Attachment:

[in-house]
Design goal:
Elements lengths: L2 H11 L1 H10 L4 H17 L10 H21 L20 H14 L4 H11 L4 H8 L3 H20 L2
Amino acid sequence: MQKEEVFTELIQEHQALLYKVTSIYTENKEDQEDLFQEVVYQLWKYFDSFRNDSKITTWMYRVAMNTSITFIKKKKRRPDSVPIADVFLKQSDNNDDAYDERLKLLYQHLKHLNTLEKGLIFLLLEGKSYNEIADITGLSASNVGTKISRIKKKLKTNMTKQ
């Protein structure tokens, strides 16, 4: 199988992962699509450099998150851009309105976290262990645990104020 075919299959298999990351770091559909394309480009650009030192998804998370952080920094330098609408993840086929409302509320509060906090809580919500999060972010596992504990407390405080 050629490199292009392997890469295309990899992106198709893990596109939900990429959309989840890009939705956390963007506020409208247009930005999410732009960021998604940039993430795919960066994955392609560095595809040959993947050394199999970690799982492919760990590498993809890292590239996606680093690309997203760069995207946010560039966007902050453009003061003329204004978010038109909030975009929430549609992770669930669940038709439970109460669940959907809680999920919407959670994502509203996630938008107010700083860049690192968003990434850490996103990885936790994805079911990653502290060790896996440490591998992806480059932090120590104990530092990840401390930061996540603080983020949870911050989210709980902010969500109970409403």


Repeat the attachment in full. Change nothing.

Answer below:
[in-house]
Design goal:
Elements lengths: L2 H11 L1 H10 L4 H17 L10 H21 L20 H14 L4 H11 L4 H8 L3 H20 L2
Amino acid sequence: MQKEEVFTELIQEHQALLYKVTSIYTENKEDQEDLFQEVVYQLWKYFDSFRNDSKITTWMYRVAMNTSITFIKKKKRRPDSVPIADVFLKQSDNNDDAYDERLKLLYQHLKHLNTLEKGLIFLLLEGKSYNEIADITGLSASNVGTKISRIKKKLKTNMTKQ
């Protein structure tokens, strides 16, 4: 199988992962699509450099998150851009309105976290262990645990104020 075919299959298999990351770091559909394309480009650009030192998804998370952080920094330098609408993840086929409302509320509060906090809580919500999060972010596992504990407390405080 050629490199292009392997890469295309990899992106198709893990596109939900990429959309989840890009939705956390963007506020409208247009930005999410732009960021998604940039993430795919960066994955392609560095595809040959993947050394199999970690799982492919760990590498993809890292590239996606680093690309997203760069995207946010560039966007902050453009003061003329204004978010038109909030975009929430549609992770669930669940038709439970109460669940959907809680999920919407959670994502509203996630938008107010700083860049690192968003990434850490996103990885936790994805079911990653502290060790896996440490591998992806480059932090120590104990530092990840401390930061996540603080983020949870911050989210709980902010969500109970409403």